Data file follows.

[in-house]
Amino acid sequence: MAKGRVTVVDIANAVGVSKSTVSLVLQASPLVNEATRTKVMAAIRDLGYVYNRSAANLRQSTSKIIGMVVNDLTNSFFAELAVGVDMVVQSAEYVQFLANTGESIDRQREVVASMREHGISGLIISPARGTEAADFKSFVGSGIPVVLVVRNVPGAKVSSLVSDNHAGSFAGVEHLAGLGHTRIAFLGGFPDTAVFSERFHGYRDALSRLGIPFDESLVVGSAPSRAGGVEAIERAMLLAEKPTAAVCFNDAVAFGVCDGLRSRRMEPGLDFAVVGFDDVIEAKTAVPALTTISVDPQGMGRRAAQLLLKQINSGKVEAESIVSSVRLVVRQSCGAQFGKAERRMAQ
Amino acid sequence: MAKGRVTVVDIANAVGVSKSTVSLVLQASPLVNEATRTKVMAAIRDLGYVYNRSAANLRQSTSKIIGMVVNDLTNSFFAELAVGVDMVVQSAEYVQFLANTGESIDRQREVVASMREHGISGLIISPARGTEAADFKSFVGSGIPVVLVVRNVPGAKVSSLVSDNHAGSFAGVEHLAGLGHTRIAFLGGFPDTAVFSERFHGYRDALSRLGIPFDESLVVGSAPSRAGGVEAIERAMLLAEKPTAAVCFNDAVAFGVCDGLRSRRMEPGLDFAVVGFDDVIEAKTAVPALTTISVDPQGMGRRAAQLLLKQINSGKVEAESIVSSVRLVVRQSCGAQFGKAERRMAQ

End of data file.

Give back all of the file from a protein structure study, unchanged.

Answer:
[in-house]
Amino acid sequence: MAKGRVTVVDIANAVGVSKSTVSLVLQASPLVNEATRTKVMAAIRDLGYVYNRSAANLRQSTSKIIGMVVNDLTNSFFAELAVGVDMVVQSAEYVQFLANTGESIDRQREVVASMREHGISGLIISPARGTEAADFKSFVGSGIPVVLVVRNVPGAKVSSLVSDNHAGSFAGVEHLAGLGHTRIAFLGGFPDTAVFSERFHGYRDALSRLGIPFDESLVVGSAPSRAGGVEAIERAMLLAEKPTAAVCFNDAVAFGVCDGLRSRRMEPGLDFAVVGFDDVIEAKTAVPALTTISVDPQGMGRRAAQLLLKQINSGKVEAESIVSSVRLVVRQSCGAQFGKAERRMAQ
Amino acid sequence: MAKGRVTVVDIANAVGVSKSTVSLVLQASPLVNEATRTKVMAAIRDLGYVYNRSAANLRQSTSKIIGMVVNDLTNSFFAELAVGVDMVVQSAEYVQFLANTGESIDRQREVVASMREHGISGLIISPARGTEAADFKSFVGSGIPVVLVVRNVPGAKVSSLVSDNHAGSFAGVEHLAGLGHTRIAFLGGFPDTAVFSERFHGYRDALSRLGIPFDESLVVGSAPSRAGGVEAIERAMLLAEKPTAAVCFNDAVAFGVCDGLRSRRMEPGLDFAVVGFDDVIEAKTAVPALTTISVDPQGMGRRAAQLLLKQINSGKVEAESIVSSVRLVVRQSCGAQFGKAERRMAQ